A Superior Court judge has put on hold the proposed merger of Mayo Regional Hospital in Dover-Foxcroft and Brewer-based Northern Light Health, formerly known as Eastern Maine Healthcare Systems.
Justice Donald Marden issued his order on Tuesday, the same day Gerald S. Nessmann of Sebec sued Hospital Administrative District No. 4, the entity that oversees the Piscataquis County hospital. Nessmann, a member of the district’s board, asked that the proposed merger be put on hold until a hearing for a preliminary injunction seeking more information on the proposal can be held.
That hearing has not yet been scheduled but must be held within 10 calendar days of Marden’s issuing the order, according to the Piscataquis County Superior Court clerk’s office.
An attorney has not yet entered an appearance for the board in the case.
A spokesman for Northern Light Health said it would “stand aside” while the board and Nessmann work out their dispute
“We are aware that a Mayo board member has raised some issues with the Mayo board leadership concerning discussions between Mayo and Northern Light Health,” Chris Facchini said in an email. “We view those issues as internal Mayo board governance issues, and we are content to stand aside while they work these issues out.”
Nessmann objects to the merger, the complaint said. He disagrees with hospital administrators’ contention that Mayo’s financial condition is unsustainable in the long run because the hospital has reserve funds totaling $16 million. Nessmann claims Mayo’s net equity is $28 million.
Since Hospital Administrative District No. 4 is a quasi-municipal body authorized by the state Legislature, the hospital can borrow money at a low cost in conjunction with the state because of the state’s “very good credit rating,” according to the complaint.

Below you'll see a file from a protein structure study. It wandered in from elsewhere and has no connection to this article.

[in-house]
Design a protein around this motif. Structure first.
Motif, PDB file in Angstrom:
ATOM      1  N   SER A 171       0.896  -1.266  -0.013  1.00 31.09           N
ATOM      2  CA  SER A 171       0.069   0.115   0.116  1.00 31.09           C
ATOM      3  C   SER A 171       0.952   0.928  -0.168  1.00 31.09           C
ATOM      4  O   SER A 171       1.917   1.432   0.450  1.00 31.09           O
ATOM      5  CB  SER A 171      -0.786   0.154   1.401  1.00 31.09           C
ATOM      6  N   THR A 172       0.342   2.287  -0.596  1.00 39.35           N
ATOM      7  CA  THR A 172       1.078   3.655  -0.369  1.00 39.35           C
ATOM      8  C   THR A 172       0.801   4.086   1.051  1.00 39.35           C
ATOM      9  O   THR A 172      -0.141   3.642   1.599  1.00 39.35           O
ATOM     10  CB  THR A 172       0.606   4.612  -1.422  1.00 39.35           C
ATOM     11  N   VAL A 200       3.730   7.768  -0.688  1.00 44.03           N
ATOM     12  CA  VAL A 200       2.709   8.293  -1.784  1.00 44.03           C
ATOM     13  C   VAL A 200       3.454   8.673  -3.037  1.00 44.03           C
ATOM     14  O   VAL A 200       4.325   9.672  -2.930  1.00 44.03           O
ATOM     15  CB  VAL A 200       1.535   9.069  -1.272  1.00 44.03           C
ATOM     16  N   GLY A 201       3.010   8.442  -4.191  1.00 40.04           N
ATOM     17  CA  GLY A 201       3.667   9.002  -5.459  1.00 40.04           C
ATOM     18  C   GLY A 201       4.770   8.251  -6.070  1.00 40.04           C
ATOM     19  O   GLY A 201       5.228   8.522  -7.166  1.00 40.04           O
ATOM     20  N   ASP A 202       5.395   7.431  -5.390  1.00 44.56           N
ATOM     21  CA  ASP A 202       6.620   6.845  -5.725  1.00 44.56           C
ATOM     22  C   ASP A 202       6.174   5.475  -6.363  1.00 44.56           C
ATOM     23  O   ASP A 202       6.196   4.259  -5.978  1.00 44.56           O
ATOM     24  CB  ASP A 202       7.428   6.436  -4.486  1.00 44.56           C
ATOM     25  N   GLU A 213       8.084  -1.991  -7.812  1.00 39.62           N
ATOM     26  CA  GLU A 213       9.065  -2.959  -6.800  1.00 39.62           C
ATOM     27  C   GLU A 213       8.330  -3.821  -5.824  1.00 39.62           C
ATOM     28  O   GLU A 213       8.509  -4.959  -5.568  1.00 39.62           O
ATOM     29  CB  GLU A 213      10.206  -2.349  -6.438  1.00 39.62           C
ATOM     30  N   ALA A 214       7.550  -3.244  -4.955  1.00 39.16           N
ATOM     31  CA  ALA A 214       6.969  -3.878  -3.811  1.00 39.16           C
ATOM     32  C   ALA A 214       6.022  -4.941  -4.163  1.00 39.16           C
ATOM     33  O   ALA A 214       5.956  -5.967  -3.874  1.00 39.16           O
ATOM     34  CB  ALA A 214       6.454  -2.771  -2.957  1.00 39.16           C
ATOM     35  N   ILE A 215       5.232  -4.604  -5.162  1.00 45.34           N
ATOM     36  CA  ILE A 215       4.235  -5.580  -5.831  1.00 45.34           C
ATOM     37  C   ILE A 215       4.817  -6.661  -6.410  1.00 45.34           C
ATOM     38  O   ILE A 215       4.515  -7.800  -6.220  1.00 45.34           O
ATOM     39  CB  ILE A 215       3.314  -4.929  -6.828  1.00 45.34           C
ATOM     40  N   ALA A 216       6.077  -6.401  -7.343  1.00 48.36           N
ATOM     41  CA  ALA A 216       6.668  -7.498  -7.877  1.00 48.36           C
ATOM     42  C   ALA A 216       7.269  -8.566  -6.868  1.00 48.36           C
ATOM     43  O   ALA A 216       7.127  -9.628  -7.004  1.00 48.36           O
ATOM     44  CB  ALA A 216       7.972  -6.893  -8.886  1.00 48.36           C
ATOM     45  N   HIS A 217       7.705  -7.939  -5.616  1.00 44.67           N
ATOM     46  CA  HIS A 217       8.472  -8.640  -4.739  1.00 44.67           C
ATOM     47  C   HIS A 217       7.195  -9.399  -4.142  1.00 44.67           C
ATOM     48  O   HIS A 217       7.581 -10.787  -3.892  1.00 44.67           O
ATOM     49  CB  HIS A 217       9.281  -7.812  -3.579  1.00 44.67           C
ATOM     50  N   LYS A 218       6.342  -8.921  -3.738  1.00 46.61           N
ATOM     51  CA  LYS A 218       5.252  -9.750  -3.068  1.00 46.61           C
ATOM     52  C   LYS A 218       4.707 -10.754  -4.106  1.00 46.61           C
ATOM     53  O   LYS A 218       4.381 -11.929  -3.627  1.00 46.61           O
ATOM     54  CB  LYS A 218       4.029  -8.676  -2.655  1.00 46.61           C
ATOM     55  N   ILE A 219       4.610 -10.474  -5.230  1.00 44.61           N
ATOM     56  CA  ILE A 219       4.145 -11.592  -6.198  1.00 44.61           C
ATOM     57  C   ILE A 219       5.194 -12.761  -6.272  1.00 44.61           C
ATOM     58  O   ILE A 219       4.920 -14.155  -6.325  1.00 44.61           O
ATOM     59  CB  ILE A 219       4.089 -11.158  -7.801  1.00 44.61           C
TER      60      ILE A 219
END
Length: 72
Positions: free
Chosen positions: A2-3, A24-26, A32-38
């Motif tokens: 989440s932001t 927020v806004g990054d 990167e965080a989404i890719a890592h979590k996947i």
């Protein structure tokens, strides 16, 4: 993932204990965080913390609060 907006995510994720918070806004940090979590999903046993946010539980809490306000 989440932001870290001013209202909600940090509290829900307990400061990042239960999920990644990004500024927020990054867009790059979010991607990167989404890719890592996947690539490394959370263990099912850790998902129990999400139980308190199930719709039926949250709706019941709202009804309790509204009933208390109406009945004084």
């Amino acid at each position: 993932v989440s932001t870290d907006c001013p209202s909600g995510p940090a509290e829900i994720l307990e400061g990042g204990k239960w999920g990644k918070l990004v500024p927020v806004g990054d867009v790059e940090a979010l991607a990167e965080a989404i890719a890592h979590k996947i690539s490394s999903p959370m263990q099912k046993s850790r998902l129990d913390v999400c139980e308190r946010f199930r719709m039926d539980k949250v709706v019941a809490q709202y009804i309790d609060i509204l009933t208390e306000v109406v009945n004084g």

A document filed with the complaint on Mayo hospital stationery and signed by some district board members claims that operating expenses have outpaced patient revenue since 2010.
North Light Health, meanwhile, is in a “financially challenging situation,” the complaint said. It received a “junk bond” rating from two financial rating agencies two years in a row.
The hospital administrative district was formed by the Legislature in 1973 to oversee the hospital’s construction and its finances once the building was completed. Its member communities are Abbot, Atkinson, Bradford, Cambridge, Dexter, Dover-Foxcroft, Guilford, Milo, Monson, Parkman, Sangerville, Sebec and Willimantic.
Each town elects a representative to the board, the law states. Nessmann has represented Sebec since 2011.
The district is governed by a charter, according to the complaint. For the merger to go through, the charter would have to be amended and approved by each member community.
Nessmann sued the board seeking copies of the final merger agreement and the proposed charter amendment. He also said a confidentiality agreement concerning the merger that board members were asked to sign was illegal.
In addition, Nessmann said the merger agreement as originally proposed would deprive member towns of their property interests in the hospital’s assets because it wouldn’t require that each member community vote on dissolving the administrative district and handing over the hospital’s assets to Northern Light.
The 1973 law authorizing the hospital administrative district states that the district can dissolve only if all members towns approve the dissolution. Under the law, hospital assets are to be divided proportionally among members towns following the dissolution.
Mayo is a 25-bed critical access hospital and health system, according to its website. It has five rural health clinics throughout the region and provides emergency medical services for all of Piscataquis County along with psychiatry and counseling services, and some surgical specialties.
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